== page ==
The humanities is unused to such formal simulacra, however, and so a journal about scholarship might appear to be a journal about tools and software. But none of the authors in this issue simply run and accept the results as “useful” or “interesting” for humanities scholarship. Instead, they critically wrestle with the process. Their work is done with as much of a focus on what the computational techniques obscure as reveal.

Traditional humanities scholars often equate digital humanities with technological optimism. Rather the opposite is true: digital humanists offer the jaundiced realization that computational techniques like topic modeling — long held inaccessible and unapproachable and therefore unassailable — are not an upgrade from simplistic human-driven research, but merely more tools in the ever-growing shed. Whether as part of a particular research agenda, or the method as enshrined in tools, or as a part of a larger movement toward modeling in the humanities, topic modeling in the humanities has been deployed critically. The adoption of “critical technique” is just what you would expect from scholars accustomed to “critical reading.”

  1. [1] David M. Blei, Andrew Y. Ng, and Michael I. Jordan, “Latent Dirichlet allocation,” Journal of Machine Learning Research 3 (4–5) (2003): 993–1022. doi:10.1162/jmlr.2003.3.4-5.993.
  2. [2] D.J. Newman and S. Block, Probabilistic topic decomposition of an eighteenth-century American newspaper, Journal of the American Society for Information Science and Technology 57(6) (2006): 753–767. doi:10.1002/asi.20342.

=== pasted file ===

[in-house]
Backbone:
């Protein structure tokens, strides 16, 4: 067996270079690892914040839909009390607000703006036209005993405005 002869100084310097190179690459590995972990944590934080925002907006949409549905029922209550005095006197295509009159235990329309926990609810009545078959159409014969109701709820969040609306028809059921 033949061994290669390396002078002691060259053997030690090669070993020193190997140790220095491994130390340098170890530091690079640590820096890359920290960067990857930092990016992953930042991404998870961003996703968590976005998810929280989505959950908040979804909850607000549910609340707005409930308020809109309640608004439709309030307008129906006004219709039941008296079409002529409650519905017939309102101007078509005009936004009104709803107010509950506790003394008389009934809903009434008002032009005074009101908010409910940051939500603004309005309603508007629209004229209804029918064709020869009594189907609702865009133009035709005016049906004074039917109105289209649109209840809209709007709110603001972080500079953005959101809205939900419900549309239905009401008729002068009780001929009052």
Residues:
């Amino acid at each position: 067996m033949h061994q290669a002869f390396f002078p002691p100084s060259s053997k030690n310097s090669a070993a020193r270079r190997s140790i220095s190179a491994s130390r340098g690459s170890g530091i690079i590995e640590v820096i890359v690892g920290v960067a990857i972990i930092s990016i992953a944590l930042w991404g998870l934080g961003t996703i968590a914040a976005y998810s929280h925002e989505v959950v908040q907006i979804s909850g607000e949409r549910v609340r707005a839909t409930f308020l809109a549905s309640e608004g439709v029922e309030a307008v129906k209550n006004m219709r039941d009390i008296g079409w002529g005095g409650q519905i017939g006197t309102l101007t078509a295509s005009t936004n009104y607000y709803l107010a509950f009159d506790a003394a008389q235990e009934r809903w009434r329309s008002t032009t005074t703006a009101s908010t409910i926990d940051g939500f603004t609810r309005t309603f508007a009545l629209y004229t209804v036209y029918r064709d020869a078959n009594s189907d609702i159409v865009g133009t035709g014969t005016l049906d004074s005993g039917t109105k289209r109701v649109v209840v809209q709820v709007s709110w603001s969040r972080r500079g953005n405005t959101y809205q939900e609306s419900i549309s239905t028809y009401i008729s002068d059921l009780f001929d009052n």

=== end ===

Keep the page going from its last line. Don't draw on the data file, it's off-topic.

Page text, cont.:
3. [3] S. Block, “Doing More with Digitization,” Common-Place 6(2) (2006).
  4. [4] Clay Templeton describes this narrative in more detail at the MITH blog.
  5. [5] W. McCarty, “Modeling: A Study in Words and Meanings,” in A Companion to Digital Humanities, ed. Susan Schreibman, Ray Siemens, John Unsworth (Oxford: Blackwell, 2004) http://www.digitalhumanities.org/companion/.
  6. [6] M. L. Jockers, Macroanalysis: Digital Methods and Literary History  (University of Illinois Press, 2013).
  7. [7] D. Mimno, “Computational historiography: Data mining in a century of classics journals,” Journal on Computing and Cultural Heritage 5 (1) (2012): 3:1–3:19. doi:10.1145/2160165.2160168.

About Elijah Meeks, and Scott B. Weingart

Elijah Meeks is the Digital Humanities Specialist at Stanford University, where he helps bring network analysis, text analysis, and spatial analysis to bear on traditional humanities research questions. He has worked as the technical lead on The Digital Gazetteer of the Song Dynasty, Authorial London, and ORBIS: The Stanford Geospatial Network Model of the Roman World. In his time at Stanford, he's worked with Mapping the Republic of Letters, the Stanford Literary Lab, and the Spatial History Lab, as well as individual faculty and graduate students, to explore a wide variety of digital humanities research questions.

Scott B. Weingart is an NSF Graduate Research Fellow and PhD student at Indiana University, where he studies Information Science and History of Science. His research focuses on the intersection of historiographic and quantitative methodologies, particularly as they can be used to study scholarly communications in the past and present. He also writes a blog called the scottbot irregular, aiming to make computational tools and big data analytics accessible to a wider, humanities-oriented audience. When not researching, Scott fights for open access and the reform of modern scholarly communication.